Andy Murray let frustration get the better of him as he crashed out of the US Open after losing a five-set thriller to Kei Nishikori.
Murray had been in complete control in Arthur Ashe Stadium until first a rain delay and then, most crucially, a loud noise on break point derailed the 29-year-old’s charge.
Croatian umpire Marija Cicak ordered the point to be replayed and a fuming Murray lost the next seven games in a row as Nishikori claimed a shock 1-6 6-4 4-6 6-1 7-5 victory.
The Japanese will now face either Juan Martin del Potro or Stan Wawrinka for a place in Sunday’s final.
Murray has pulled off many wonderful escapes in his career and he came close todoing so again, breaking back twice in the decider in front of an enthralled NewYork crowd.
Nishikori, however, held firm, punishing Murray for his earlier distraction to advance to his first grand slam semi-final since finishing a runner-up here two years ago.
The sixth seed was blown away in the opening set and his first resurgence came at 3-3 in the second following a 22-minute rain delay while the roof was pulled shut.
“That helped me re-group a lot and with the tactics,” Nishikori said on court afterwards.
“I had to change something to win the match. It definitely helped for my game.”
Whatever coach Michael Chang told his player during the stoppage, it worked, as a more aggressive Nishikori came out and broke to take the second set.
There was another exchange of breaks at the start of the third, and also rackets, as both players asked for a re-string to accommodate the indoor conditions.
The impetus, however, was with Nishikori, as Murray hobbled and grumbled, at one point taking his frustration out on umpire Cicak, apparently for not noticing his challenge.
Murray can be at his most stubborn when flustered but he dug in with a decisive break, before serving out to lead two sets to one.
If the world number two was simmering, he was about to boil over, as he opened up a break point at 1-1, 30-40 in the fourth.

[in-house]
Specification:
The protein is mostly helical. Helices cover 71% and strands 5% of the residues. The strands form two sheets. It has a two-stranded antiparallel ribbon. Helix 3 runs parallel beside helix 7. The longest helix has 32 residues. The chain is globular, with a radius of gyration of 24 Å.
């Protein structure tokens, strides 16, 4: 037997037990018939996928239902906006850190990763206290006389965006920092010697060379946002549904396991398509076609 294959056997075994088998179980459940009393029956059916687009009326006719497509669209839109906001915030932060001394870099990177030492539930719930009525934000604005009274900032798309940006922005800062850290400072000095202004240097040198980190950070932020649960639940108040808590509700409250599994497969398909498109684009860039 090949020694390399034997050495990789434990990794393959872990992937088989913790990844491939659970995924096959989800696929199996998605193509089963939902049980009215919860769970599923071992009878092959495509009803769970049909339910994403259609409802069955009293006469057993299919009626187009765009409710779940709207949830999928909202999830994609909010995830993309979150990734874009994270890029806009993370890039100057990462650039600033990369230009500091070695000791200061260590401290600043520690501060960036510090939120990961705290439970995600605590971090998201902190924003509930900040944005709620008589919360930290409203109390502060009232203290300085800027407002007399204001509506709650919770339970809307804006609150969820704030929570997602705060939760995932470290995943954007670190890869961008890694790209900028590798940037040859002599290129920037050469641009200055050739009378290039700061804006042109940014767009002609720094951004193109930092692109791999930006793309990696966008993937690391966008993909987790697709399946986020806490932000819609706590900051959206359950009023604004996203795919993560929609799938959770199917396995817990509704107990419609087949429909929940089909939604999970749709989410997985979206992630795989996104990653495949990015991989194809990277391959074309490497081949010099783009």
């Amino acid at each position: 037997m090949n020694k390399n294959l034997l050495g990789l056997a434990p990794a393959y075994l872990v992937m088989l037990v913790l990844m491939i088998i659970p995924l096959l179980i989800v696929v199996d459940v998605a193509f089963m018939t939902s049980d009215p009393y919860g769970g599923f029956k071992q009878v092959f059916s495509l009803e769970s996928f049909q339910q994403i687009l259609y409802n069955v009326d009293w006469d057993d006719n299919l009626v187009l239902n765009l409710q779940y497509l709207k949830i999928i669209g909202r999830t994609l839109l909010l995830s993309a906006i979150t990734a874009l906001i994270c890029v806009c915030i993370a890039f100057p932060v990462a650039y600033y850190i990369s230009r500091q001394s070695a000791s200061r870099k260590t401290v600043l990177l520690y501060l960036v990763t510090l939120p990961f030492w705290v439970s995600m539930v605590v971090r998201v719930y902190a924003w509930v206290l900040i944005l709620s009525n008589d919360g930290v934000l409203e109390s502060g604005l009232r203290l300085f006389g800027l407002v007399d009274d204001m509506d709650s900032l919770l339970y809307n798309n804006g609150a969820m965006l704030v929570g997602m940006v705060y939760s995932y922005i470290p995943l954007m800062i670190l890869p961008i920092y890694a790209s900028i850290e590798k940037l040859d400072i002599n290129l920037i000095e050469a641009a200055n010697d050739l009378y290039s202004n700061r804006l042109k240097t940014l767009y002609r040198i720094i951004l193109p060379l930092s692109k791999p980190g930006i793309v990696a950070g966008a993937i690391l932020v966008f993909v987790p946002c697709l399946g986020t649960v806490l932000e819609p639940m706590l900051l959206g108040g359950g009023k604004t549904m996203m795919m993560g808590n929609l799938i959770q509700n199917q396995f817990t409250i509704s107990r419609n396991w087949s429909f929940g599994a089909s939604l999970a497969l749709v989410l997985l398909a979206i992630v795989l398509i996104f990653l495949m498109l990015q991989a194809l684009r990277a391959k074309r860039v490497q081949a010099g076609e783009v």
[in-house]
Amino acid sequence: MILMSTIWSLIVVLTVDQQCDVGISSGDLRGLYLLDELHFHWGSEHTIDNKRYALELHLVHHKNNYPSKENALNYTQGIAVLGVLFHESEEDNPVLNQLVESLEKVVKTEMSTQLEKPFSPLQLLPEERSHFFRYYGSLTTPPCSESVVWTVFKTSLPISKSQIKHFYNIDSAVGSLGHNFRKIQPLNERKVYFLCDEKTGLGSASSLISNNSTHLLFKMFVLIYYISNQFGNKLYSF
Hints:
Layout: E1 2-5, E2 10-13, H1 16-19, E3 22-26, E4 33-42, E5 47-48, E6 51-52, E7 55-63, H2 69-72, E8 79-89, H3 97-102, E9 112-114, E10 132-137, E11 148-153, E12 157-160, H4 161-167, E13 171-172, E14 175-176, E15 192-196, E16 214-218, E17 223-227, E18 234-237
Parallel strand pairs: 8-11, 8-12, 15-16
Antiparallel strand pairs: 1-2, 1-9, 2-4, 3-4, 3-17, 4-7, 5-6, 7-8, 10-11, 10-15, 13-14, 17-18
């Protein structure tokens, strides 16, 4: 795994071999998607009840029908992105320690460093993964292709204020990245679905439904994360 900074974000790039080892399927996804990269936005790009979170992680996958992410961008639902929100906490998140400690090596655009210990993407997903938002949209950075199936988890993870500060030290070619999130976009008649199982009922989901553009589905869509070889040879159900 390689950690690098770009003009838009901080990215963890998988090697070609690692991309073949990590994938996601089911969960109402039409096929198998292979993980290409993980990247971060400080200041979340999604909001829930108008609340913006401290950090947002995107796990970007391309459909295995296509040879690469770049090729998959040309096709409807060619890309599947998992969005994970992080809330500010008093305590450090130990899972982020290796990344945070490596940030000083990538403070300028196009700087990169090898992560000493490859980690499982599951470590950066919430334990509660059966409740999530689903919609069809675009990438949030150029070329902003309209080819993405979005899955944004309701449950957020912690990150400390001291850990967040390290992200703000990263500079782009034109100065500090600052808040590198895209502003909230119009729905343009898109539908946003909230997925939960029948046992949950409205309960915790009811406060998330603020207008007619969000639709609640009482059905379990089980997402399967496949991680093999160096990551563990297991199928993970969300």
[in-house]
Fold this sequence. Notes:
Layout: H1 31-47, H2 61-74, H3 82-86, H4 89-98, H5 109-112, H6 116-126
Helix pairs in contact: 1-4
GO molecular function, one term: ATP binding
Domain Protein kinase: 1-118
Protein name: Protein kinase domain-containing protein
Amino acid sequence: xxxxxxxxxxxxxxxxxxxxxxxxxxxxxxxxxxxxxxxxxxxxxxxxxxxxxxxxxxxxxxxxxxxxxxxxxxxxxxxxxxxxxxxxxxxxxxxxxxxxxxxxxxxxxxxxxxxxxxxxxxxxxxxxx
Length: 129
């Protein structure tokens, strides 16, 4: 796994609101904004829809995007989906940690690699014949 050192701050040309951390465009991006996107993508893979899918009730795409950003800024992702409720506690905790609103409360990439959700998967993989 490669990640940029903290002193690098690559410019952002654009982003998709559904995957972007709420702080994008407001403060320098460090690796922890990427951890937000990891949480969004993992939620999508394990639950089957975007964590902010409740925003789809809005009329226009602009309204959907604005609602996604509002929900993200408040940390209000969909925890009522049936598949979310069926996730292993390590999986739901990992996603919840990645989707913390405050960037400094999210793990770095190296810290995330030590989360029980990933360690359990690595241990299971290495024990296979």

Murray was in charge of the rally when a loud noise, seemingly from the stadium’s sound system, prompted the umpire to replay the point. His frustration intensified when Nishikori held.
He spent the changeover complaining to Cicak and then beckoned tournament referee Wayne McKewene on court, arguing that a similar sound had occurred in the first set but play had been allowed to continue.
Murray let the issue fester as Nishikori rolled through five games in a row, including two breaks, to force a decider. Even a yellow butterfly, fluttering across Murray’s eye-line, had provoked the Briton’s disgust.
Into the fifth and Nishikori was still on top, snatching an early break and a 2-0 lead to leave his opponent on the brink.
Murray ranted and raved, firing himself up, and he broke back for 2-2 when
Nishikori floated a forehand long and flung his racket to the floor.
The game finally looked up when Nishikori broke again, feeding off another Murray double fault but, leading 4-3, the Japanese allowed his nerves to take hold.
He threw away a 40-0 advantage, as a limp forehand volley hit the net and Murray seized his second break back to level at 4-4.
There was one last twist, however, as Nishikori broke again, for a third time, at 5-5 when Murray hunted down a drop-shot, unleashed a backhand pass but his opponent leapt across to scramble back the volley.
Serving for the match, this time Nishikori did not waver as a Murray backhand dropped into the net and confirmed defeat after three hours and 58 minutes.